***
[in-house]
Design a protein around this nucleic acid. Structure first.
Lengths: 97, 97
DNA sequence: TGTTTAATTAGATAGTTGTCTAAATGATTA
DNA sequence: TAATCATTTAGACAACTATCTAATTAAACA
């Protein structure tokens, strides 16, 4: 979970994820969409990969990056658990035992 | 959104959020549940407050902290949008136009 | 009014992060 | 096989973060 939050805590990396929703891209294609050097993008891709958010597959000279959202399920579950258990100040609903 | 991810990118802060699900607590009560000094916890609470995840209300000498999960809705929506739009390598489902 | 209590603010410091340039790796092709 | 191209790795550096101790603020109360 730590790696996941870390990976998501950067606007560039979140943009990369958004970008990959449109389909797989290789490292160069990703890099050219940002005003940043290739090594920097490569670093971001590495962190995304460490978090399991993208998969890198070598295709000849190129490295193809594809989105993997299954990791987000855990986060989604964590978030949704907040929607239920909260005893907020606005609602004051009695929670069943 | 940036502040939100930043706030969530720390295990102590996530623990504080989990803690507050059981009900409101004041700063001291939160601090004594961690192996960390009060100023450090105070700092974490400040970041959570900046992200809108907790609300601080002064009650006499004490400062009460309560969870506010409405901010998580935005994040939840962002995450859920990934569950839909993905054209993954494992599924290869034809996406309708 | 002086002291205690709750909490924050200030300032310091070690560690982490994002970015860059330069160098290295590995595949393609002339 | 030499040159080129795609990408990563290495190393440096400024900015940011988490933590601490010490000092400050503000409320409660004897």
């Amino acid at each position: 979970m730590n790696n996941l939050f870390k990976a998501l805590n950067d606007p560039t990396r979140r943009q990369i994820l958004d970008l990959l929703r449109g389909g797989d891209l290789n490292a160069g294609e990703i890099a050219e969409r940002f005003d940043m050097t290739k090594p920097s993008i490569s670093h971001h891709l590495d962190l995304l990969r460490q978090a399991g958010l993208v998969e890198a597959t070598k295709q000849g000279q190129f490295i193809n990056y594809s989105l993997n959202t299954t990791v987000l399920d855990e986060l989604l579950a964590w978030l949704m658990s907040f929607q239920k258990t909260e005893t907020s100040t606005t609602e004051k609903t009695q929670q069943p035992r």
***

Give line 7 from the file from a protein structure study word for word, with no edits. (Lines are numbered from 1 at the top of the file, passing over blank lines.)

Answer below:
């Amino acid at each position: 979970m730590n790696n996941l939050f870390k990976a998501l805590n950067d606007p560039t990396r979140r943009q990369i994820l958004d970008l990959l929703r449109g389909g797989d891209l290789n490292a160069g294609e990703i890099a050219e969409r940002f005003d940043m050097t290739k090594p920097s993008i490569s670093h971001h891709l590495d962190l995304l990969r460490q978090a399991g958010l993208v998969e890198a597959t070598k295709q000849g000279q190129f490295i193809n990056y594809s989105l993997n959202t299954t990791v987000l399920d855990e986060l989604l579950a964590w978030l949704m658990s907040f929607q239920k258990t909260e005893t907020s100040t606005t609602e004051k609903t009695q929670q069943p035992r």